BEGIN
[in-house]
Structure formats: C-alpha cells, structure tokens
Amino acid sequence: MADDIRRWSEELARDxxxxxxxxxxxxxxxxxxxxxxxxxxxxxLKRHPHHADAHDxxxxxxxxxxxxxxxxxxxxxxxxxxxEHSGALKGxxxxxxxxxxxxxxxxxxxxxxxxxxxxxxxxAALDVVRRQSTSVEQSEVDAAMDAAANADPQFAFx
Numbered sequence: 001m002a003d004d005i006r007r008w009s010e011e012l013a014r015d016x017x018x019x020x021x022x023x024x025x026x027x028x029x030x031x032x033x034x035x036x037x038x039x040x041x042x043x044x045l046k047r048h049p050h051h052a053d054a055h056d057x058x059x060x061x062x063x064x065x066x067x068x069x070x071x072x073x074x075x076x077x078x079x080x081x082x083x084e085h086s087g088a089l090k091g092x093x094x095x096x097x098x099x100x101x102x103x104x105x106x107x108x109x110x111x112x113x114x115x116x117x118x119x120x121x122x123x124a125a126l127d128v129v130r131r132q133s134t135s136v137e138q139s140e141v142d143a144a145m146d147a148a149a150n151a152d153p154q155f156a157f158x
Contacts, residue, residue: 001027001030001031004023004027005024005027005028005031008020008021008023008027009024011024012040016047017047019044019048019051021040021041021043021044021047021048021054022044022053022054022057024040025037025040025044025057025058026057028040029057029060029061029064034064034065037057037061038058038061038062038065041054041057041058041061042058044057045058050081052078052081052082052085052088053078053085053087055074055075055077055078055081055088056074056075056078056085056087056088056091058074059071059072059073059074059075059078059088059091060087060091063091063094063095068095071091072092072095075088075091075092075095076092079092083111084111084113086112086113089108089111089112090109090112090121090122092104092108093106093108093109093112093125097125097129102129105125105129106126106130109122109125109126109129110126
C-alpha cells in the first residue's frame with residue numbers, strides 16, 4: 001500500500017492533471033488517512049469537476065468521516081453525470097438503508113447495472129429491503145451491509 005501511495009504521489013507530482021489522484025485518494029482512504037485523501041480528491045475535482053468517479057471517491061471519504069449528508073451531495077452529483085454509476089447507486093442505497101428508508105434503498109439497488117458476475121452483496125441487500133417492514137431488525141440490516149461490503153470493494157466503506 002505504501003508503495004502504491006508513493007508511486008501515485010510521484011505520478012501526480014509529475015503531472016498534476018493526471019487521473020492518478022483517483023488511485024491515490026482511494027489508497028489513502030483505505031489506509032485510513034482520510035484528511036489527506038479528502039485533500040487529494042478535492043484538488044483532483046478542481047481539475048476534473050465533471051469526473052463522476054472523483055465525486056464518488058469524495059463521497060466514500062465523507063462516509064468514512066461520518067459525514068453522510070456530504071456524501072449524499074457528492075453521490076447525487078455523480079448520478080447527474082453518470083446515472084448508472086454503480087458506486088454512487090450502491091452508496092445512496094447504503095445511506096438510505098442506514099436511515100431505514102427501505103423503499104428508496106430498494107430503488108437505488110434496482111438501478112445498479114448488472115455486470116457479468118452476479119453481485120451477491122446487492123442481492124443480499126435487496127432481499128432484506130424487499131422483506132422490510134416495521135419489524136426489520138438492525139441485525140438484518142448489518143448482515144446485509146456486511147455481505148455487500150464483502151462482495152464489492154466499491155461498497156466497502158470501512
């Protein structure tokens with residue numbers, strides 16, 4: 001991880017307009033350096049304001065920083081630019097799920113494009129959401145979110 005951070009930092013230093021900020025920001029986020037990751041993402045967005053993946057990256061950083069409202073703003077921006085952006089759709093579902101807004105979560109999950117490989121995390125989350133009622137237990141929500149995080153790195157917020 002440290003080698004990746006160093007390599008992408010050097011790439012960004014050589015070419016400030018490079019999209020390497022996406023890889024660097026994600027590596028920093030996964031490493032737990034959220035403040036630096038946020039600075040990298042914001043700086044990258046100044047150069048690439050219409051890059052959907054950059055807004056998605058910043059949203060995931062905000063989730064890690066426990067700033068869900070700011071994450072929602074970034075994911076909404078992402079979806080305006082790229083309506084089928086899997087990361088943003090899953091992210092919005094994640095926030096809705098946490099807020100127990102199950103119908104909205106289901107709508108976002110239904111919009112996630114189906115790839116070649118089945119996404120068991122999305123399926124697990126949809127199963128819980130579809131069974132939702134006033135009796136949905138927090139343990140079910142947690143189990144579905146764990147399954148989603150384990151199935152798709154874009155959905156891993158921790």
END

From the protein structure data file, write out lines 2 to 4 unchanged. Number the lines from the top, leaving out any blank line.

Structure formats: C-alpha cells, structure tokens
Amino acid sequence: MADDIRRWSEELARDxxxxxxxxxxxxxxxxxxxxxxxxxxxxxLKRHPHHADAHDxxxxxxxxxxxxxxxxxxxxxxxxxxxEHSGALKGxxxxxxxxxxxxxxxxxxxxxxxxxxxxxxxxAALDVVRRQSTSVEQSEVDAAMDAAANADPQFAFx
Numbered sequence: 001m002a003d004d005i006r007r008w009s010e011e012l013a014r015d016x017x018x019x020x021x022x023x024x025x026x027x028x029x030x031x032x033x034x035x036x037x038x039x040x041x042x043x044x045l046k047r048h049p050h051h052a053d054a055h056d057x058x059x060x061x062x063x064x065x066x067x068x069x070x071x072x073x074x075x076x077x078x079x080x081x082x083x084e085h086s087g088a089l090k091g092x093x094x095x096x097x098x099x100x101x102x103x104x105x106x107x108x109x110x111x112x113x114x115x116x117x118x119x120x121x122x123x124a125a126l127d128v129v130r131r132q133s134t135s136v137e138q139s140e141v142d143a144a145m146d147a148a149a150n151a152d153p154q155f156a157f158x